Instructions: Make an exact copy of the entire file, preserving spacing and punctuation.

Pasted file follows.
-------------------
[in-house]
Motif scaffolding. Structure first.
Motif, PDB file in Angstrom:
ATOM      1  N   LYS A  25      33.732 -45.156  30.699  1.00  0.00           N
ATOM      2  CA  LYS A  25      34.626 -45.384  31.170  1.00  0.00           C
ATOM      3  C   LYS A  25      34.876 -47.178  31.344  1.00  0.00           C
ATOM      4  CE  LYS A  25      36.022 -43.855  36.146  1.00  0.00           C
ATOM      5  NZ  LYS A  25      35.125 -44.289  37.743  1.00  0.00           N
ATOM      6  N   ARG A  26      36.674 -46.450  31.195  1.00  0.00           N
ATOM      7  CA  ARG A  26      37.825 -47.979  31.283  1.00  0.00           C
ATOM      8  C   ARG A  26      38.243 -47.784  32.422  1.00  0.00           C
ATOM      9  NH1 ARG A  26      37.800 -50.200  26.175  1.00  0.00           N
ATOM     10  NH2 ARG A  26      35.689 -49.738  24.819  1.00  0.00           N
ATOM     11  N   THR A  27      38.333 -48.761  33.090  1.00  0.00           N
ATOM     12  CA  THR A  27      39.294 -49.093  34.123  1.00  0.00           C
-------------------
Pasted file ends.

[in-house]
Motif scaffolding. Structure first.
Motif, PDB file in Angstrom:
ATOM      1  N   LYS A  25      33.732 -45.156  30.699  1.00  0.00           N
ATOM      2  CA  LYS A  25      34.626 -45.384  31.170  1.00  0.00           C
ATOM      3  C   LYS A  25      34.876 -47.178  31.344  1.00  0.00           C
ATOM      4  CE  LYS A  25      36.022 -43.855  36.146  1.00  0.00           C
ATOM      5  NZ  LYS A  25      35.125 -44.289  37.743  1.00  0.00           N
ATOM      6  N   ARG A  26      36.674 -46.450  31.195  1.00  0.00           N
ATOM      7  CA  ARG A  26      37.825 -47.979  31.283  1.00  0.00           C
ATOM      8  C   ARG A  26      38.243 -47.784  32.422  1.00  0.00           C
ATOM      9  NH1 ARG A  26      37.800 -50.200  26.175  1.00  0.00           N
ATOM     10  NH2 ARG A  26      35.689 -49.738  24.819  1.00  0.00           N
ATOM     11  N   THR A  27      38.333 -48.761  33.090  1.00  0.00           N
ATOM     12  CA  THR A  27      39.294 -49.093  34.123  1.00  0.00           C